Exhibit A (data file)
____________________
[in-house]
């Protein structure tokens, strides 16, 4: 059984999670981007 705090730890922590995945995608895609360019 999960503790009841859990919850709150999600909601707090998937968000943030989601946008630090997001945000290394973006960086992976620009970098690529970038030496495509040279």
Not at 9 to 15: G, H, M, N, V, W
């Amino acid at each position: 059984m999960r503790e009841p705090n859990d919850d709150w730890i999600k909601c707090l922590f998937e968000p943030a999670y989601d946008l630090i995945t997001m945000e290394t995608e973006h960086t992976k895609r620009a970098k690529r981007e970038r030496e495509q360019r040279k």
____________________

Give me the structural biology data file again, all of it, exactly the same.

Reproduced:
[in-house]
């Protein structure tokens, strides 16, 4: 059984999670981007 705090730890922590995945995608895609360019 999960503790009841859990919850709150999600909601707090998937968000943030989601946008630090997001945000290394973006960086992976620009970098690529970038030496495509040279």
Not at 9 to 15: G, H, M, N, V, W
């Amino acid at each position: 059984m999960r503790e009841p705090n859990d919850d709150w730890i999600k909601c707090l922590f998937e968000p943030a999670y989601d946008l630090i995945t997001m945000e290394t995608e973006h960086t992976k895609r620009a970098k690529r981007e970038r030496e495509q360019r040279k």